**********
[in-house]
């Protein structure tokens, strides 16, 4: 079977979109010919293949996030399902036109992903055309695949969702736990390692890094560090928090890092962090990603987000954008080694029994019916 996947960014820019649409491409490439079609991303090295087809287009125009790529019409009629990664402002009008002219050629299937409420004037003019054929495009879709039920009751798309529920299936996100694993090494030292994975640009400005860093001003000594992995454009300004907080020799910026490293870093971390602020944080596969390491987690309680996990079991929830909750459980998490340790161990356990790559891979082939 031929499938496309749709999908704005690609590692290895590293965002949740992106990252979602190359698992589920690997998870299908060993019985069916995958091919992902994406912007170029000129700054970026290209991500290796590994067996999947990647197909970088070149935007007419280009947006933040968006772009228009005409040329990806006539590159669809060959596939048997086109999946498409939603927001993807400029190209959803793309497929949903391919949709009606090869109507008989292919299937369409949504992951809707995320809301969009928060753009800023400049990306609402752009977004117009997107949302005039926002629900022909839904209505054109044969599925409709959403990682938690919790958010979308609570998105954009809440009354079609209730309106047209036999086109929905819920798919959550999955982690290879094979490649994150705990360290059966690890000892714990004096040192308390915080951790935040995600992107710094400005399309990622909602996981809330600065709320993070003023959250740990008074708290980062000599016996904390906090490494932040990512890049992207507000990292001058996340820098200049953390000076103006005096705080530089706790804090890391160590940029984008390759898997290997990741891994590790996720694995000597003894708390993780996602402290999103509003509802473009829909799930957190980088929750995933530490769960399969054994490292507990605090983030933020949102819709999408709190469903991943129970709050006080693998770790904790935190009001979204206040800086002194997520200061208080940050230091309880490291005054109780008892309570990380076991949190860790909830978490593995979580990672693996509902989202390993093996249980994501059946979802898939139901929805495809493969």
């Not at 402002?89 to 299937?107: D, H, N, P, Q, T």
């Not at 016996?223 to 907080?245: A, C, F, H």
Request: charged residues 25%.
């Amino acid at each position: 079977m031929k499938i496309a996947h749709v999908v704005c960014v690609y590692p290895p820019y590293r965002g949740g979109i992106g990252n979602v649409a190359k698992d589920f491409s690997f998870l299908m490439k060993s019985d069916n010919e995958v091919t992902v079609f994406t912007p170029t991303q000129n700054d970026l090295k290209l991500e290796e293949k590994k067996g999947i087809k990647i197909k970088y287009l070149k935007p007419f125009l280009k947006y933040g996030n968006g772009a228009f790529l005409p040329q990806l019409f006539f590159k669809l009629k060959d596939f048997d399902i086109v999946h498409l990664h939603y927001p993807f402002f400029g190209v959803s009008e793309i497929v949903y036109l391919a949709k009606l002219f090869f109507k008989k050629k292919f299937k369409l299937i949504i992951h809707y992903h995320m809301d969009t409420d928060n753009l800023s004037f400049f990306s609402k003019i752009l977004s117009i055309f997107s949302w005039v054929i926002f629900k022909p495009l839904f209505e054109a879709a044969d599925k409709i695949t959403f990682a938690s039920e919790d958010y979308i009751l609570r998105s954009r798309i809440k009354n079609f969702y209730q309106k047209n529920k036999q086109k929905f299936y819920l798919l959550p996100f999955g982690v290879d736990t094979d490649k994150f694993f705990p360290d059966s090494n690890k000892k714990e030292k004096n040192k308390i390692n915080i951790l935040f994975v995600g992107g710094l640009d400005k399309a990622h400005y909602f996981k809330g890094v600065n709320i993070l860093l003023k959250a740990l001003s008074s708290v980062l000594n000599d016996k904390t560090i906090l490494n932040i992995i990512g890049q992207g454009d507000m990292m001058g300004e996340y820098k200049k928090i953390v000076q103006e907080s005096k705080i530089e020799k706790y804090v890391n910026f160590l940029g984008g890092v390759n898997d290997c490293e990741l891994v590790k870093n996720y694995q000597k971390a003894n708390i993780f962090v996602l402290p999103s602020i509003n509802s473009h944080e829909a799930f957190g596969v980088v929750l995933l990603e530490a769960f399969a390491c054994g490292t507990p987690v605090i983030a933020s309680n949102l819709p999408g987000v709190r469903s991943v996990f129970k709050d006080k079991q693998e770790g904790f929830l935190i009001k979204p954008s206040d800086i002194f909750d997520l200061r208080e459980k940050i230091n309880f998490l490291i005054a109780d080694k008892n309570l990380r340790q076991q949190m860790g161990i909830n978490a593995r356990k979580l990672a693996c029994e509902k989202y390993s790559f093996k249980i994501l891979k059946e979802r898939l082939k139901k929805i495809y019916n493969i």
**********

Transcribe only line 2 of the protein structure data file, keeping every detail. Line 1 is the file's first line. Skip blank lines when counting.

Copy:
């Protein structure tokens, strides 16, 4: 079977979109010919293949996030399902036109992903055309695949969702736990390692890094560090928090890092962090990603987000954008080694029994019916 996947960014820019649409491409490439079609991303090295087809287009125009790529019409009629990664402002009008002219050629299937409420004037003019054929495009879709039920009751798309529920299936996100694993090494030292994975640009400005860093001003000594992995454009300004907080020799910026490293870093971390602020944080596969390491987690309680996990079991929830909750459980998490340790161990356990790559891979082939 031929499938496309749709999908704005690609590692290895590293965002949740992106990252979602190359698992589920690997998870299908060993019985069916995958091919992902994406912007170029000129700054970026290209991500290796590994067996999947990647197909970088070149935007007419280009947006933040968006772009228009005409040329990806006539590159669809060959596939048997086109999946498409939603927001993807400029190209959803793309497929949903391919949709009606090869109507008989292919299937369409949504992951809707995320809301969009928060753009800023400049990306609402752009977004117009997107949302005039926002629900022909839904209505054109044969599925409709959403990682938690919790958010979308609570998105954009809440009354079609209730309106047209036999086109929905819920798919959550999955982690290879094979490649994150705990360290059966690890000892714990004096040192308390915080951790935040995600992107710094400005399309990622909602996981809330600065709320993070003023959250740990008074708290980062000599016996904390906090490494932040990512890049992207507000990292001058996340820098200049953390000076103006005096705080530089706790804090890391160590940029984008390759898997290997990741891994590790996720694995000597003894708390993780996602402290999103509003509802473009829909799930957190980088929750995933530490769960399969054994490292507990605090983030933020949102819709999408709190469903991943129970709050006080693998770790904790935190009001979204206040800086002194997520200061208080940050230091309880490291005054109780008892309570990380076991949190860790909830978490593995979580990672693996509902989202390993093996249980994501059946979802898939139901929805495809493969």